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Texas Guard’s 136th Airlift Wing completes four-day exercise

  • Published
  • By Master Sgt. Julie Briden-Garcia,
  • 136th Airlift Wing, Texas Air National Guard

FORT WORTH, TX -- The 136th Airlift Wing conducted an operational readiness exercise Feb. 11-15 to assess its strengths and vulnerabilities and ensure a force of combat-ready Airmen.

”The readiness exercise validates units performing their mission essential tasks in a contested, degraded and operationally limited environment,” said Lt. Col. Scott Wedel, 136 AW inspector general. “What made this specific readiness exercise more unique is the inspector general team from Air Mobility Command also completed their midpoint visit.”

Brig. Gen. Gary McCue, principal deputy to the assistant adjutant general for air, Ohio National Guard, visited the wing to assess its capabilities to perform these wartime tasks.

“It’s been a couple years now that we’ve been struggling with the pandemic and not being around people at drills and having hands-on,” said the general. “Now it’s time to get back to what we were doing and get back up on step.”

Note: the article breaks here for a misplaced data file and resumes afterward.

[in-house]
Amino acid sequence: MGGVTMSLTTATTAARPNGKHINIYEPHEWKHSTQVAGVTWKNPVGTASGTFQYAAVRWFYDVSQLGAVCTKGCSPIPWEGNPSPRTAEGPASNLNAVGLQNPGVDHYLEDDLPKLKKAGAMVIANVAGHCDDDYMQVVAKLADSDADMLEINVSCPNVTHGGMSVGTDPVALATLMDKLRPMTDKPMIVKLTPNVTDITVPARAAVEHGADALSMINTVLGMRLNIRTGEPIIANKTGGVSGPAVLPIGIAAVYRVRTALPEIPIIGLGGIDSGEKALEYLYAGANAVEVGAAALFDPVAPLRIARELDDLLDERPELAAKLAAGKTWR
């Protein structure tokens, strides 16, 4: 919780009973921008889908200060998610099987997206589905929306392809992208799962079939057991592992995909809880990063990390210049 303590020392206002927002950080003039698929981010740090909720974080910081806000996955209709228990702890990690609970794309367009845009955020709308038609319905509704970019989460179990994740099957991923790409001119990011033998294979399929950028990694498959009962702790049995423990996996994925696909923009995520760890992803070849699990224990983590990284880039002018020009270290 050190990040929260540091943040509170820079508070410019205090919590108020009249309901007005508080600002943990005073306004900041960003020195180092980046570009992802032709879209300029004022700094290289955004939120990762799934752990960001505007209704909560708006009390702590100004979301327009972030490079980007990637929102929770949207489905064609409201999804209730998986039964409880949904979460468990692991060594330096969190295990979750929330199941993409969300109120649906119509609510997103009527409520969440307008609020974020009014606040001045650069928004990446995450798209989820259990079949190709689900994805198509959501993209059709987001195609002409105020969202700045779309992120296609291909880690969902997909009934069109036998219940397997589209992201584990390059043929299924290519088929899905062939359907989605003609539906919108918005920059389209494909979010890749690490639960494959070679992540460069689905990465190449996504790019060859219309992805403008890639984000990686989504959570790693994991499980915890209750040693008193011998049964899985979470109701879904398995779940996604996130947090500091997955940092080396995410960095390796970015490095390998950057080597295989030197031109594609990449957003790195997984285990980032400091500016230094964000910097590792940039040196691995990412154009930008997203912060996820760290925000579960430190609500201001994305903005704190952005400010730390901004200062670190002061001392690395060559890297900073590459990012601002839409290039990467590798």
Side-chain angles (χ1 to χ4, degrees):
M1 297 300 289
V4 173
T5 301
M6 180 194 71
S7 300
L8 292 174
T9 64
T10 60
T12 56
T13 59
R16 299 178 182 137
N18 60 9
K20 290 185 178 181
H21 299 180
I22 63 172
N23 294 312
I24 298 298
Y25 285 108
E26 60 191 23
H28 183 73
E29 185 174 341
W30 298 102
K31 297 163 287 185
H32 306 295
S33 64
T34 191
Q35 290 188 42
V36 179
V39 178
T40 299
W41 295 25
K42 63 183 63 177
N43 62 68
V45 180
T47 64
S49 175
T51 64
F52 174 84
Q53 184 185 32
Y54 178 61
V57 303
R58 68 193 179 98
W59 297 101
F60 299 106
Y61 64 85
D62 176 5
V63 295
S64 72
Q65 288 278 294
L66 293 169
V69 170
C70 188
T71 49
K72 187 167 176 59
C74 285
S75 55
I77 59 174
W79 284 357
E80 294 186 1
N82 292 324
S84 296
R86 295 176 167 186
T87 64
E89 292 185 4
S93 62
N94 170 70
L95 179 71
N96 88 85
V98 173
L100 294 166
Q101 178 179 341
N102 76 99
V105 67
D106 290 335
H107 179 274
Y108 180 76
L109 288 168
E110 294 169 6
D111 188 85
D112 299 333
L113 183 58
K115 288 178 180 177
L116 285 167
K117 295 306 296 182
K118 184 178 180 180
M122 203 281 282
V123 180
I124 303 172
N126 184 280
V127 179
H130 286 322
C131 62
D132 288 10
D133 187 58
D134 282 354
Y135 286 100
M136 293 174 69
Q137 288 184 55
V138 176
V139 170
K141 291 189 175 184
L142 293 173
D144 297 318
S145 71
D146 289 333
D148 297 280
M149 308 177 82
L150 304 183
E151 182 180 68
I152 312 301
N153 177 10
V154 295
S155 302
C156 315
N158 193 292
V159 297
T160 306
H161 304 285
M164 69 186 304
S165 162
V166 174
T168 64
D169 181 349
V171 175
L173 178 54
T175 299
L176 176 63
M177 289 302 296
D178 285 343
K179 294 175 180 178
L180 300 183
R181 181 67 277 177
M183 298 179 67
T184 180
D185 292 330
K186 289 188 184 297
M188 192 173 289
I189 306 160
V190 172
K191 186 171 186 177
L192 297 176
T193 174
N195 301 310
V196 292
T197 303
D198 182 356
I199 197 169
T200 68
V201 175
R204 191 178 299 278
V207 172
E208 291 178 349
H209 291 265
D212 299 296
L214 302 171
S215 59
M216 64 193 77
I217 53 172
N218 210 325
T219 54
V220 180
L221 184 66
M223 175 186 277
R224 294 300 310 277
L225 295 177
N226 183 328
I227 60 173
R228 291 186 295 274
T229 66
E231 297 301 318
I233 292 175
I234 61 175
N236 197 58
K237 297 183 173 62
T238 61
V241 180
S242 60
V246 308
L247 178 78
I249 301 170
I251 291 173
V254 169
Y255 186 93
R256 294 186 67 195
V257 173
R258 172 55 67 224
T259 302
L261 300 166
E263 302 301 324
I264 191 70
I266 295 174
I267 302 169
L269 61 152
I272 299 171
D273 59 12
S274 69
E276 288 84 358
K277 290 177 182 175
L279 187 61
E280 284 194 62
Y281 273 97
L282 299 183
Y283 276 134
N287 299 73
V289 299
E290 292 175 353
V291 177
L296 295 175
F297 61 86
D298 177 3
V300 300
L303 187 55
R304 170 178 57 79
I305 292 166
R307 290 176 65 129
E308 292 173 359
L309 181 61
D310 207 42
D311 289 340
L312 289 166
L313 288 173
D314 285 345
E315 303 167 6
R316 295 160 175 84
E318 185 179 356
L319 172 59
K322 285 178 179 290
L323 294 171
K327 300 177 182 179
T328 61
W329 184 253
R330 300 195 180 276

Hundreds of Citizen-Airmen generated flying sorties, geared up various levels of mission-oriented protective posture equipment, and exercised command and control throughout the wing to flex their readiness skills during the exercise.

The average exercise day spanned about 12 hours. Weather conditions made some training difficult, with temperatures ranging from a low of 28 to near 80 with wind and rain.

“The biggest standout to me was attitudes and energy were as great on [the last day] as they were on [the first day],” Wedel said. “Everyone had a good attitude and did their best to have fun. During their out brief, even the Air Mobility Command inspector general team commented on the positive nature of everyone’s attitude. I think everyone learned something, and although it was a lot of hard work, I think they had some fun along the way.”

“We gained so much more experience and exposure to things we don’t do on a normal basis,” said Tech. Sgt. Suri Perez-Cuellar, 136th Force Support Squadron. “Running through scenarios over and over helped, so that when the time comes, it’s second nature.

“There was a scenario where about three or four things were going on all at once,” she said. “There was a fire in the building, an ‘injured’ man ran in the building asking me for help, but I needed to get my bugout kit (essential survival items) and myself out of the building. It was just so much, I froze for a second, but I was able to react to everything and just think of all the times we had practiced. This helped me get to a point where, from muscle memory, I just knew what needed to be done. That is a good feeling.”